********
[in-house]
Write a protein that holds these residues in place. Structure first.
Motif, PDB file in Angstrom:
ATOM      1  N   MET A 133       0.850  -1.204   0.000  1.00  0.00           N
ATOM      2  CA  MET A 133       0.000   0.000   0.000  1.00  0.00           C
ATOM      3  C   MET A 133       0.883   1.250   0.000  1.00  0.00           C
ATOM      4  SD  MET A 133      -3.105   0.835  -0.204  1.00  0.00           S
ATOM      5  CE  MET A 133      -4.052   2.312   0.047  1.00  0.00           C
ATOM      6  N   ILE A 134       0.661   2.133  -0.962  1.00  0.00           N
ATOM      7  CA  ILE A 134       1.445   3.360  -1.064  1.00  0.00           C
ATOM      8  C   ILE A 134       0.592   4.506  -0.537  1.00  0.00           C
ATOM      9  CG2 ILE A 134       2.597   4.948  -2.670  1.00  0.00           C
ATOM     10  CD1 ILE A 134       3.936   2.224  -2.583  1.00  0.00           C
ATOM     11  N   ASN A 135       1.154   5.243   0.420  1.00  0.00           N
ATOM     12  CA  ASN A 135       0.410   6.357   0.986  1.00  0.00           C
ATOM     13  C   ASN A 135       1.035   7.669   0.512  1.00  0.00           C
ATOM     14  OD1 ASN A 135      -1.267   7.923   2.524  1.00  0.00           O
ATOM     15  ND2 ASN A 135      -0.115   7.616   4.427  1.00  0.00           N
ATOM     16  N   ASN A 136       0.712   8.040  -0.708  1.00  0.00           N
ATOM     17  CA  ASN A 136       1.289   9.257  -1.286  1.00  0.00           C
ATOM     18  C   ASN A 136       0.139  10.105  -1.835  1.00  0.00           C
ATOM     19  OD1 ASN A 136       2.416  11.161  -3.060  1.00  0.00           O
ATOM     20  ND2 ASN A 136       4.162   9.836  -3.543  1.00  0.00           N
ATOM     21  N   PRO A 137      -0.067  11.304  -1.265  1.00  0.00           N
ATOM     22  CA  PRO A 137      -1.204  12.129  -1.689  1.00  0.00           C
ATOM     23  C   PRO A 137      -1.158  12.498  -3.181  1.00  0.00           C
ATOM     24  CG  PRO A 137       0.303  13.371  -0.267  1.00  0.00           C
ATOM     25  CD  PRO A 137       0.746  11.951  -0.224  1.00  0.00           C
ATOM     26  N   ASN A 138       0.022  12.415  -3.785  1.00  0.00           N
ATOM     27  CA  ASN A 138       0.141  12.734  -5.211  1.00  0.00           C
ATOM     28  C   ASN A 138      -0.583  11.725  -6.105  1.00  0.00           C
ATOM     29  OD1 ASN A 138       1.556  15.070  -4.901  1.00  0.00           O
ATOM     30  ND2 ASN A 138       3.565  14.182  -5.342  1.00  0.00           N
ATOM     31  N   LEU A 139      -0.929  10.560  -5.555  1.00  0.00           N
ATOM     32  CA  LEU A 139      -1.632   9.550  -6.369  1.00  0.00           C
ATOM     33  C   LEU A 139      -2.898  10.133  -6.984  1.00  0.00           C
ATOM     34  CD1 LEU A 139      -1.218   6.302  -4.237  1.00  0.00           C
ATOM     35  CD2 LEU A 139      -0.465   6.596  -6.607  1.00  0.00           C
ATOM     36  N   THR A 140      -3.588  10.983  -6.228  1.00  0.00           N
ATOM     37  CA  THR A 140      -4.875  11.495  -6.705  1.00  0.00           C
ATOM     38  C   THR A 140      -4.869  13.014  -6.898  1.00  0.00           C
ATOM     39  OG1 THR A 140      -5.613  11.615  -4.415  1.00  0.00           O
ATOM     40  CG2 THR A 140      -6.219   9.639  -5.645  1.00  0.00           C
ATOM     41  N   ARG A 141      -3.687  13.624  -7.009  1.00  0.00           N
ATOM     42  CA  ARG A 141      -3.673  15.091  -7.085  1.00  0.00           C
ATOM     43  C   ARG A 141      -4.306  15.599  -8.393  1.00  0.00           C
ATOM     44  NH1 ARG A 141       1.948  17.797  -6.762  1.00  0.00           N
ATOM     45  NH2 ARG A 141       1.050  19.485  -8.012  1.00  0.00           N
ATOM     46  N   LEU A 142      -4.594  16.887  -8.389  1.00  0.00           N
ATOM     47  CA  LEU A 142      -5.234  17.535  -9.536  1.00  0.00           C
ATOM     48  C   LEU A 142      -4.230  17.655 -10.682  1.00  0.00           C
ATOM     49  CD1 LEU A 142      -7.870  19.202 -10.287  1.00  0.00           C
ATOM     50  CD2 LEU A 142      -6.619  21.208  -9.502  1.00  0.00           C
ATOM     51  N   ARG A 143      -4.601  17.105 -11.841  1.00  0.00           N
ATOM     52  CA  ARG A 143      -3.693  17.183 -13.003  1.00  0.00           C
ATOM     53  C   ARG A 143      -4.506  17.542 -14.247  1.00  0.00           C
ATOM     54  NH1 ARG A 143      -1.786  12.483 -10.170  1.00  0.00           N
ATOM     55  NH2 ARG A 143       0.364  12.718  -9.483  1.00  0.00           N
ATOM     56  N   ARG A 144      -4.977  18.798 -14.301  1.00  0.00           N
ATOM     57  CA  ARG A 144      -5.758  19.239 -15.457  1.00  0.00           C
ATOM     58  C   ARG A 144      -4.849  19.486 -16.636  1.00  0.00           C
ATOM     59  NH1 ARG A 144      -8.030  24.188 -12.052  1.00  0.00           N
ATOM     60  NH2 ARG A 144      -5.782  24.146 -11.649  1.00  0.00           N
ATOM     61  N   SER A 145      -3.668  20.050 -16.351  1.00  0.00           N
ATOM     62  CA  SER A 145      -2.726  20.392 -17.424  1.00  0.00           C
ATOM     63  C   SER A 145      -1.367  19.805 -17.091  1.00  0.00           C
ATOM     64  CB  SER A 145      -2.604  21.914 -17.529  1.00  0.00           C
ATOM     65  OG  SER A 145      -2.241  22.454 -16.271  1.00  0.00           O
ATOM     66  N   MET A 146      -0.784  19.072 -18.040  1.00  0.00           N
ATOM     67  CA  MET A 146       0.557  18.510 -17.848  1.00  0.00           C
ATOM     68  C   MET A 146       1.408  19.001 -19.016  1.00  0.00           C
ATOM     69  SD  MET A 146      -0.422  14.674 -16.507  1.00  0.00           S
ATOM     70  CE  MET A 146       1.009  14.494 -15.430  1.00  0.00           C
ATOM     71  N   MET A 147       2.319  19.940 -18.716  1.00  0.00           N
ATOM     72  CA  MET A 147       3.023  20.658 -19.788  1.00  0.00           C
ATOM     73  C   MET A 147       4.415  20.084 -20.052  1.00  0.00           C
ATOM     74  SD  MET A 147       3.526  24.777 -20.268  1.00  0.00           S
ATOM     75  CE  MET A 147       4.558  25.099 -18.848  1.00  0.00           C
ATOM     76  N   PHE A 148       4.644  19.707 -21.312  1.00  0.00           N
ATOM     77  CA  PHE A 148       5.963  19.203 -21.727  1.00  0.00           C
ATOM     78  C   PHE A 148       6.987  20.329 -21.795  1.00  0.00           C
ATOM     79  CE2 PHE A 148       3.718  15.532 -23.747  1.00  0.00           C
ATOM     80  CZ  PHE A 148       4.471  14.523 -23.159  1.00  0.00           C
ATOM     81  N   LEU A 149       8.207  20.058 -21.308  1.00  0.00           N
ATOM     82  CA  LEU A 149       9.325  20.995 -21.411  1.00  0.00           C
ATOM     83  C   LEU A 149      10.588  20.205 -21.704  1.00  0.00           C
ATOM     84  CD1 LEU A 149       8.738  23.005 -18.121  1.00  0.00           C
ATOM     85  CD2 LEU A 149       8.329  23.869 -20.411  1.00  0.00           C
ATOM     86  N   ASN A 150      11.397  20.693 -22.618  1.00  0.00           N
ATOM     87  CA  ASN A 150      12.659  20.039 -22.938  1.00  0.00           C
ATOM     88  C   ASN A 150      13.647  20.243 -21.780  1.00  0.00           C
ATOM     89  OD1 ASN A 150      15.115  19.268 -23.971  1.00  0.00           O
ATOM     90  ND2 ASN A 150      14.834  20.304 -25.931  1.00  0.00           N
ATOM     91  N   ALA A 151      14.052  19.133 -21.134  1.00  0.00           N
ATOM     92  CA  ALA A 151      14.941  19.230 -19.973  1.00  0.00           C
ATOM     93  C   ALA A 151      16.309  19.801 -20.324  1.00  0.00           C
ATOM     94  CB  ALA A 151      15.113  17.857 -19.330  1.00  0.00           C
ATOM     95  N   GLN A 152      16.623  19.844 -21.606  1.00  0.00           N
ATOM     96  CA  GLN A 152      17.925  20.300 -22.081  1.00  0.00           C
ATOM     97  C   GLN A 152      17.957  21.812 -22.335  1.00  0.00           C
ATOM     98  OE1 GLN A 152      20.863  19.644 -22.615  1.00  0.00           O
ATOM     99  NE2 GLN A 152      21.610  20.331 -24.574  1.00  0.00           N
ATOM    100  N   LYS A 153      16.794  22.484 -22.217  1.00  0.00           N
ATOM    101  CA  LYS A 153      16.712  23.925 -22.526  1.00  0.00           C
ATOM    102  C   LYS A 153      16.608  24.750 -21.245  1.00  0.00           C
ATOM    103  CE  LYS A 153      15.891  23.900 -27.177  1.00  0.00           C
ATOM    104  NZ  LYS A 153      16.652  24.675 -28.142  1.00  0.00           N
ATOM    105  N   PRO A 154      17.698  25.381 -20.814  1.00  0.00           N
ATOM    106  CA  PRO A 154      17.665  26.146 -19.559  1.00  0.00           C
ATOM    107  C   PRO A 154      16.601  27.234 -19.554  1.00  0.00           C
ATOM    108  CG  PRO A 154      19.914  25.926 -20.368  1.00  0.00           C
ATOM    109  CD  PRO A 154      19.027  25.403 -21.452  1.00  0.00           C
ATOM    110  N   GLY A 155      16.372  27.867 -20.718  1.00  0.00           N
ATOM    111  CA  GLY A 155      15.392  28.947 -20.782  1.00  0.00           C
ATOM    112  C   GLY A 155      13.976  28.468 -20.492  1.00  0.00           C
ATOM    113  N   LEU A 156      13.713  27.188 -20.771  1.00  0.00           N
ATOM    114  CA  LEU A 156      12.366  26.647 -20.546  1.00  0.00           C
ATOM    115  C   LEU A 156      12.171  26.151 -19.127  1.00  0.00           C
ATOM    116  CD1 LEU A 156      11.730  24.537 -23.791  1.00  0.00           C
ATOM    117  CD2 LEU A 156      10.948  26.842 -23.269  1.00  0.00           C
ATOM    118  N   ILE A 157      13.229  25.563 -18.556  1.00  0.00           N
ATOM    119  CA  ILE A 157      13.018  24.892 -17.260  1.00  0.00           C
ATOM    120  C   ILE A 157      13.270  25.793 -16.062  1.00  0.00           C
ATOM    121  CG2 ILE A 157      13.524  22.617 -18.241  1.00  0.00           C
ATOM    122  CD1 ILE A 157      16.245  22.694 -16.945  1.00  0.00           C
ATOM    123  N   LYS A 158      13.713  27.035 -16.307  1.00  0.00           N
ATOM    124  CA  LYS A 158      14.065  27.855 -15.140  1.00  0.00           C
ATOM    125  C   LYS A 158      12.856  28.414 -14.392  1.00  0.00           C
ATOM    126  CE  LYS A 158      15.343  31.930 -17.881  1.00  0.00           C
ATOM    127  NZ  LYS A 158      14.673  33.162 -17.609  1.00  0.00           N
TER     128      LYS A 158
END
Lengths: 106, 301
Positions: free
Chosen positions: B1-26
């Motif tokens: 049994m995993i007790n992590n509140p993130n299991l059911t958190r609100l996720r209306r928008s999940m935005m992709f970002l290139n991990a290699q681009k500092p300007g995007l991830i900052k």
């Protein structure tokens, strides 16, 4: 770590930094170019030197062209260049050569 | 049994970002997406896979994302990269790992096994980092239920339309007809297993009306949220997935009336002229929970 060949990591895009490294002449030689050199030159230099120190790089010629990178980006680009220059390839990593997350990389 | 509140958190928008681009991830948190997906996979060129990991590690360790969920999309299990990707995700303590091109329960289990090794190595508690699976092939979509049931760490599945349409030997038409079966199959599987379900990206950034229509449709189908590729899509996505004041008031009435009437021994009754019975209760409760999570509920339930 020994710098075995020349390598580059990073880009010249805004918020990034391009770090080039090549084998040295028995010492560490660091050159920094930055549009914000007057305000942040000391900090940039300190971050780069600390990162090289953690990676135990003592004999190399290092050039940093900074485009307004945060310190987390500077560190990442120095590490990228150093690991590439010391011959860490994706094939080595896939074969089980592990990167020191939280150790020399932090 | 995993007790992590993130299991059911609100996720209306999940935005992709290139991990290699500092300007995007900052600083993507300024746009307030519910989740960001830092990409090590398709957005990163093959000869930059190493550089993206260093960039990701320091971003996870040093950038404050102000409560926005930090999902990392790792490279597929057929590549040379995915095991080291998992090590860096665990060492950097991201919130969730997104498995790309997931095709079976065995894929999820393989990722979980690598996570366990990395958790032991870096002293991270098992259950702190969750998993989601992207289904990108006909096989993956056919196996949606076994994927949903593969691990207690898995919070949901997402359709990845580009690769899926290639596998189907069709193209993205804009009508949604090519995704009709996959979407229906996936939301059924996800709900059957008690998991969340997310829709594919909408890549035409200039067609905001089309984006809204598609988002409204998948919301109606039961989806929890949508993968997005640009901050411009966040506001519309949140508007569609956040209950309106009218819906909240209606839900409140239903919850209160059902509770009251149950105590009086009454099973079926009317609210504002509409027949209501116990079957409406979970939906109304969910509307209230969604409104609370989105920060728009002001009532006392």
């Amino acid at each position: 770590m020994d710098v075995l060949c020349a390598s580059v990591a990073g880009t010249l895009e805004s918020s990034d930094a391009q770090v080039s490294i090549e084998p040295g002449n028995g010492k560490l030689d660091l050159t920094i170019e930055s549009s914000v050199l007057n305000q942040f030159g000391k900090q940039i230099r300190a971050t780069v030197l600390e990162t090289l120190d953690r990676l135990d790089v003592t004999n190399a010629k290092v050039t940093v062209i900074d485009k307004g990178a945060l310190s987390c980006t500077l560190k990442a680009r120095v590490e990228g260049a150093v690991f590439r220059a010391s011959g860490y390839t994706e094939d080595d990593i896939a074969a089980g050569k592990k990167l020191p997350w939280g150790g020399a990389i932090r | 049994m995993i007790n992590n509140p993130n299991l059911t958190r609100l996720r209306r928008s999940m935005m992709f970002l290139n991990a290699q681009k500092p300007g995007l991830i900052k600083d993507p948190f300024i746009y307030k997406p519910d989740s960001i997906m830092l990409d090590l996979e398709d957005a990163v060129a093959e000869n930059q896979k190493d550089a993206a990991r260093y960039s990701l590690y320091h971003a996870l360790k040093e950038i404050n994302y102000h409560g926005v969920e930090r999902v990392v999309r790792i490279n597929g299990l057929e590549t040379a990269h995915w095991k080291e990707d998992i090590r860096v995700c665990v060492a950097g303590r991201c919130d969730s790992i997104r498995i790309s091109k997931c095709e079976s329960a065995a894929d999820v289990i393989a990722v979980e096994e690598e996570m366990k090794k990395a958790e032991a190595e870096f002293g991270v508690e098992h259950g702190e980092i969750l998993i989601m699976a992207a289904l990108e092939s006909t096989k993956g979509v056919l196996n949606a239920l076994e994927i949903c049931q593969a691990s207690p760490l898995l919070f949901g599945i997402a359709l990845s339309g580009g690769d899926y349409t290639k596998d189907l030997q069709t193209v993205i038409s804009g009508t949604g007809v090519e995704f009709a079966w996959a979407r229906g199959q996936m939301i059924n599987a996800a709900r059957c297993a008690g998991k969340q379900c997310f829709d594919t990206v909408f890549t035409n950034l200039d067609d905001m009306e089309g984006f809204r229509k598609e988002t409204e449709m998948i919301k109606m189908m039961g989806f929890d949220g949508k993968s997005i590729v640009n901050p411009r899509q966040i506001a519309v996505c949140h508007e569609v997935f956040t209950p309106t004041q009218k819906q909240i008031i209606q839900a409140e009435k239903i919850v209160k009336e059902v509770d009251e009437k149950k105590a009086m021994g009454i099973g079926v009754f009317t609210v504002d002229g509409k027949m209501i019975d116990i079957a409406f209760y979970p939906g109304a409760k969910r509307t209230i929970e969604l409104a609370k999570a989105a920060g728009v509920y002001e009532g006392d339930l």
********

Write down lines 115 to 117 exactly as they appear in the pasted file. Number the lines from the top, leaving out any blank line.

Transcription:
ATOM    112  C   GLY A 155      13.976  28.468 -20.492  1.00  0.00           C
ATOM    113  N   LEU A 156      13.713  27.188 -20.771  1.00  0.00           N
ATOM    114  CA  LEU A 156      12.366  26.647 -20.546  1.00  0.00           C